For the sake of simplicity, we’re focusing primarily on the SaaS-based options outlined by Gartner, with some analysis of how they may or may not meet the needs of your distributed organization.
At the time when Gartner’s report was published, no DAM vendor surveyed was 100% on-premise. Five vendors were identified by Gartner as more SaaS-focused. These five have different product specializations, including stand-alone DAM, integrated solutions, and one distributed DAM. Read on for a brief overview of the vendors who offer the most flexible technologies.
Among the handful of standalone, wholly SaaS-based DAM solutions, WebDAM is considered a relatively easy-to-use option. Focused on a simple user experience, the solution scales to meet relatively complex use cases. Products include WebDAM with typical DAM feature sets and Brand Connect – designed for internal sharing of assets. Integrations include CMS options, social media integrations, and stock image integrations. Notable clients include Starbucks and Juniper.
MediaValet’s focus is on offering stand-alone DAM services that can scale to meet a brand’s needs and budgets. With relatively low initial pricing, MediaValet’s unique cost structure includes pay-as-you-go for storage and add-on features. In addition to standard DAM capabilities, there are built-in integrations for Adobe Creative Cloud, Microsoft Products, Oracle, Drupal, and Hootsuite. Enterprise organizations currently using MediaValet include the U.S. Naval Academy and the New England Patriots.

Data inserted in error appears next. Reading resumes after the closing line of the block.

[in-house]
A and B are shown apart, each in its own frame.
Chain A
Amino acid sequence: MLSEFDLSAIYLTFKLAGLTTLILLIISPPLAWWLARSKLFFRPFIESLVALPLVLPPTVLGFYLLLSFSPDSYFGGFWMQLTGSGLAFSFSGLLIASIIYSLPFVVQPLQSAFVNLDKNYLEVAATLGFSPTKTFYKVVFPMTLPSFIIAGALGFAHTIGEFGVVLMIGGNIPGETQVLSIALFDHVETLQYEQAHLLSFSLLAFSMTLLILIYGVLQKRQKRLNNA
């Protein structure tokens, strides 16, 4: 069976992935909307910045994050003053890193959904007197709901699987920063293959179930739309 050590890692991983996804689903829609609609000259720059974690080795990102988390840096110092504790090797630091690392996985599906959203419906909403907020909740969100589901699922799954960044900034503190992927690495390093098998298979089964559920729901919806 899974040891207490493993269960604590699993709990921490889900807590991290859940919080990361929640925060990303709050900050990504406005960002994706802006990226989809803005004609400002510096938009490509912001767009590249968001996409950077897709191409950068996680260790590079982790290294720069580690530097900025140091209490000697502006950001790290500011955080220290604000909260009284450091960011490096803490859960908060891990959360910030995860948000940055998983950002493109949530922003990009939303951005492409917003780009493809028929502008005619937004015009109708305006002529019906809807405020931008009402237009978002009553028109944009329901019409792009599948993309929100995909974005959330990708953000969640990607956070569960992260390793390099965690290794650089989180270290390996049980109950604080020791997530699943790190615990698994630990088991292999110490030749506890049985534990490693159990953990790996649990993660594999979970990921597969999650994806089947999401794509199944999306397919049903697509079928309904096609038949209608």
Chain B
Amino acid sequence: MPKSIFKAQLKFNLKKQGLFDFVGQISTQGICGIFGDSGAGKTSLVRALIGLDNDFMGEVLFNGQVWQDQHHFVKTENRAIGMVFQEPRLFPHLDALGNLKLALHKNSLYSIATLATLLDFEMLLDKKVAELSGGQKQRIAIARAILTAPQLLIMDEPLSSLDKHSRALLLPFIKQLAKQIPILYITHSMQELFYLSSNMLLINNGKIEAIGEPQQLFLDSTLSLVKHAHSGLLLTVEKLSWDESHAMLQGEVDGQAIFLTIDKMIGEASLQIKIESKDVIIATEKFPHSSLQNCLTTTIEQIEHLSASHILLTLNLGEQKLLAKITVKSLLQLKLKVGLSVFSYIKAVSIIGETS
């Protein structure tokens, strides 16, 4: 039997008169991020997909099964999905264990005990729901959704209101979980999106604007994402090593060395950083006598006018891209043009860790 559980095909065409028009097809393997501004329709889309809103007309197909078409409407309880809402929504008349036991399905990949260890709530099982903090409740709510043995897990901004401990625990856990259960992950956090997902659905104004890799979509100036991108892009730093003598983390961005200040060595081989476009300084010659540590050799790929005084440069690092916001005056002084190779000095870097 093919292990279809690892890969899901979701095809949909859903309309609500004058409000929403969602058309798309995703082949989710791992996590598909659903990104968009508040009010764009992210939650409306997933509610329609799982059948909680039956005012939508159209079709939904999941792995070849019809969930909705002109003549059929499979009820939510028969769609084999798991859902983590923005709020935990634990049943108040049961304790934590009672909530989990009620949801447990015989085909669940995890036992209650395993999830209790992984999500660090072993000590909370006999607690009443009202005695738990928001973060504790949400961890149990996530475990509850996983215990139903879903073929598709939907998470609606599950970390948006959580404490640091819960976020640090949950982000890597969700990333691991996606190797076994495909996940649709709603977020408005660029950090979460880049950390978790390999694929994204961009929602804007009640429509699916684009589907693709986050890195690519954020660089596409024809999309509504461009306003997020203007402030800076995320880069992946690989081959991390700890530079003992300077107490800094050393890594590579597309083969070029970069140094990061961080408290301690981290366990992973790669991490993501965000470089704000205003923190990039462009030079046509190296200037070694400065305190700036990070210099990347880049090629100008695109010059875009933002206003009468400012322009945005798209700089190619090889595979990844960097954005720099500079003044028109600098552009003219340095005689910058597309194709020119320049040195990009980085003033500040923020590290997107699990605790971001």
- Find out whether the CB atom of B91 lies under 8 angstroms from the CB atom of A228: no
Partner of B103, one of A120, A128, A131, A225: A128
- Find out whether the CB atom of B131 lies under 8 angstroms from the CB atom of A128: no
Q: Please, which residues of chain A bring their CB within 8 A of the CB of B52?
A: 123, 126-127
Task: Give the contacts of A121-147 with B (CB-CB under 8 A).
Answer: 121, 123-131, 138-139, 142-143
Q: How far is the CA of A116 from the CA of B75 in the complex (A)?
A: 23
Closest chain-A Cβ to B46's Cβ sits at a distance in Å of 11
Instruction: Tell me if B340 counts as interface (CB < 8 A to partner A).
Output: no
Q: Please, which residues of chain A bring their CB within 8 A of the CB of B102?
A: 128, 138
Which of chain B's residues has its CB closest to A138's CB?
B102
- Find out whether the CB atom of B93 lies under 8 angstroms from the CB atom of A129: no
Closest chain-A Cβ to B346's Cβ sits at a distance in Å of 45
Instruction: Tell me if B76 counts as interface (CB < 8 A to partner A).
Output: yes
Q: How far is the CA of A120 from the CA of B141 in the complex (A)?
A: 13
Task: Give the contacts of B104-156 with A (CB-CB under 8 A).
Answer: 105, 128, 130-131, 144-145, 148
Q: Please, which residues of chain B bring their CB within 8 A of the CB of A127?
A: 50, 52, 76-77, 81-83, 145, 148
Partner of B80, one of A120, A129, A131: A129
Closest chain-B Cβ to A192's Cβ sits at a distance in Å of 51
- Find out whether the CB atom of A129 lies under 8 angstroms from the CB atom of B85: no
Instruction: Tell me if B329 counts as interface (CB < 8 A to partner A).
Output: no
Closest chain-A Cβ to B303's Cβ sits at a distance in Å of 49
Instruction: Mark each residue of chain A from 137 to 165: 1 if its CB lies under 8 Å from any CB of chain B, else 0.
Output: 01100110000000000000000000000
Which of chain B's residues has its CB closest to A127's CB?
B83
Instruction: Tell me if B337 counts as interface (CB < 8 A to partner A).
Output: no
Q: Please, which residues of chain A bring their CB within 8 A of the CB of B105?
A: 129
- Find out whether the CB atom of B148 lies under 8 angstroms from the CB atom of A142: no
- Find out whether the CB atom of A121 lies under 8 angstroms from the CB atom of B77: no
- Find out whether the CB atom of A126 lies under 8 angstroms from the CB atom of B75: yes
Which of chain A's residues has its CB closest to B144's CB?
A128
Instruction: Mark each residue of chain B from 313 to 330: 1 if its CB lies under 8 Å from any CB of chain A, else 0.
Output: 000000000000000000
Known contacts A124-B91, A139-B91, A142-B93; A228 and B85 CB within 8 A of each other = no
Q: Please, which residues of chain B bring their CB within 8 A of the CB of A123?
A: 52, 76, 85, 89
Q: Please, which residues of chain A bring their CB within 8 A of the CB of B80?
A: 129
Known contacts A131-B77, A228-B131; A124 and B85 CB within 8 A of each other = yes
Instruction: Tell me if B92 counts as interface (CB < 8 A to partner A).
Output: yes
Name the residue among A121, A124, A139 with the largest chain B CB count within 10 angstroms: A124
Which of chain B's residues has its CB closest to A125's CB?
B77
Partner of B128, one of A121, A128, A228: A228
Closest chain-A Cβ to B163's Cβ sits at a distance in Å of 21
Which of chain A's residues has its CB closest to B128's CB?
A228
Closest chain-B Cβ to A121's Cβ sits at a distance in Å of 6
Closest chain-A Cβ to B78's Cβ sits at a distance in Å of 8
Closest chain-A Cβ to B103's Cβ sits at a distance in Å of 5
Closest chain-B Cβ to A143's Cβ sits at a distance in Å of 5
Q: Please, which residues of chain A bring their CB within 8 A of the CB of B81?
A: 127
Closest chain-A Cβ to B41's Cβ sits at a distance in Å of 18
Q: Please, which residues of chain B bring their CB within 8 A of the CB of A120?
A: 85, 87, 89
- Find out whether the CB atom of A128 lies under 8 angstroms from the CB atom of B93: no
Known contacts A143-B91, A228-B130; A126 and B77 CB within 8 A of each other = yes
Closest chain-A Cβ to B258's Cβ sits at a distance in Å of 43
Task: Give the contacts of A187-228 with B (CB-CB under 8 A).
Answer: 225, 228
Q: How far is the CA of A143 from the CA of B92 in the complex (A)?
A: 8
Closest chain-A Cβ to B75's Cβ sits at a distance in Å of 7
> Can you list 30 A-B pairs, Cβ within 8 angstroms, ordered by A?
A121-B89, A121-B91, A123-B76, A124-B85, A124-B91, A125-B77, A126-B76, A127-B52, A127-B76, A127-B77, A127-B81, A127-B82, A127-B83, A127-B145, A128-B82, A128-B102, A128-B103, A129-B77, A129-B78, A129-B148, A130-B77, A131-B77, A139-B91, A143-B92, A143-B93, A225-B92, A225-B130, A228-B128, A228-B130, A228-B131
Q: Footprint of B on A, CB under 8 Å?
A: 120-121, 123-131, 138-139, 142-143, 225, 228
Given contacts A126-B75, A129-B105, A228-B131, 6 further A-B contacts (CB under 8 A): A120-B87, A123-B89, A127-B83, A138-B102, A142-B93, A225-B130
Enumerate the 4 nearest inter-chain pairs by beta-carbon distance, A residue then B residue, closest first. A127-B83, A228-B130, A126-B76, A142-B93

One of two integrated DAM on this list, Percolate’s SaaS offerings are an “end-to-end” content marketing suite. Percolate includes standard DAM features, with an additional focus on production and publishing. While Percolate can easily scale to meet the needs of most digital marketing campaigns, the workflows are not necessarily designed to perform all of the print marketing needs of many enterprises. GE and Land O’Lakes are two of the brands who rely on Percolate for DAM currently.